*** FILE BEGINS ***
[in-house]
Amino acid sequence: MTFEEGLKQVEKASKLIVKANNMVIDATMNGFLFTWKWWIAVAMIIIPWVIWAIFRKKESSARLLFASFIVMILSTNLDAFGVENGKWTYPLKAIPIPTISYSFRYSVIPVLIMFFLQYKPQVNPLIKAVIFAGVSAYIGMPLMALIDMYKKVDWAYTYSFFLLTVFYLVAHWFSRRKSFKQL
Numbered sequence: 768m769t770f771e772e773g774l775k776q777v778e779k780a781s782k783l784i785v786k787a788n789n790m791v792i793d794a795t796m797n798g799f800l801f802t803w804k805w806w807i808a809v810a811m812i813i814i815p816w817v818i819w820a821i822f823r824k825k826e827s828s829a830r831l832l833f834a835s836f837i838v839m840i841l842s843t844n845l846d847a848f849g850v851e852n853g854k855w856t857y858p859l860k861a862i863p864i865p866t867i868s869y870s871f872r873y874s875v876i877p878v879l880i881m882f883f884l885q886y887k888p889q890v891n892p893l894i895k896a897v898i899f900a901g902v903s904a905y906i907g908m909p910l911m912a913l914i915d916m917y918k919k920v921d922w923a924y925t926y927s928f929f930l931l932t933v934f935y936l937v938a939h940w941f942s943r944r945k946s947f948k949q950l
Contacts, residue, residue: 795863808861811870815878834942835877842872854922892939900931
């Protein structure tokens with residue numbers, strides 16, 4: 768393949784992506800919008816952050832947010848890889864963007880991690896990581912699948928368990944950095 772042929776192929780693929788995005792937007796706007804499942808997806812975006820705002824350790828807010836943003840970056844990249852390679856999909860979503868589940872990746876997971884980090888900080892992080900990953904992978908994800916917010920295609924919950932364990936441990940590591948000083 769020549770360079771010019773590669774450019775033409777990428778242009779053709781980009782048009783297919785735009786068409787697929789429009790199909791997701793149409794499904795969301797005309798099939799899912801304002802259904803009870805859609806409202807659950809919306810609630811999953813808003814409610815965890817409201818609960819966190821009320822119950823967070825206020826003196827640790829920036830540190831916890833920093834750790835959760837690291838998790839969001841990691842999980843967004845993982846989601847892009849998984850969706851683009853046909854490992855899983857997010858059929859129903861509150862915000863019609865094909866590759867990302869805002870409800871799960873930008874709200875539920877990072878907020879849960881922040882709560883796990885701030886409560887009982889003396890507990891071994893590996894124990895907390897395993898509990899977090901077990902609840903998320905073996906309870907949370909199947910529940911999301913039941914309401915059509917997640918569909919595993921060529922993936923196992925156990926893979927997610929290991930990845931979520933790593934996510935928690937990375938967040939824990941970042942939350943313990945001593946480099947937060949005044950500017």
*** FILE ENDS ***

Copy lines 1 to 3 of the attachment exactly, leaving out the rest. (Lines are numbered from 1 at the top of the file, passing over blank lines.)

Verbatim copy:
[in-house]
Amino acid sequence: MTFEEGLKQVEKASKLIVKANNMVIDATMNGFLFTWKWWIAVAMIIIPWVIWAIFRKKESSARLLFASFIVMILSTNLDAFGVENGKWTYPLKAIPIPTISYSFRYSVIPVLIMFFLQYKPQVNPLIKAVIFAGVSAYIGMPLMALIDMYKKVDWAYTYSFFLLTVFYLVAHWFSRRKSFKQL
Numbered sequence: 768m769t770f771e772e773g774l775k776q777v778e779k780a781s782k783l784i785v786k787a788n789n790m791v792i793d794a795t796m797n798g799f800l801f802t803w804k805w806w807i808a809v810a811m812i813i814i815p816w817v818i819w820a821i822f823r824k825k826e827s828s829a830r831l832l833f834a835s836f837i838v839m840i841l842s843t844n845l846d847a848f849g850v851e852n853g854k855w856t857y858p859l860k861a862i863p864i865p866t867i868s869y870s871f872r873y874s875v876i877p878v879l880i881m882f883f884l885q886y887k888p889q890v891n892p893l894i895k896a897v898i899f900a901g902v903s904a905y906i907g908m909p910l911m912a913l914i915d916m917y918k919k920v921d922w923a924y925t926y927s928f929f930l931l932t933v934f935y936l937v938a939h940w941f942s943r944r945k946s947f948k949q950l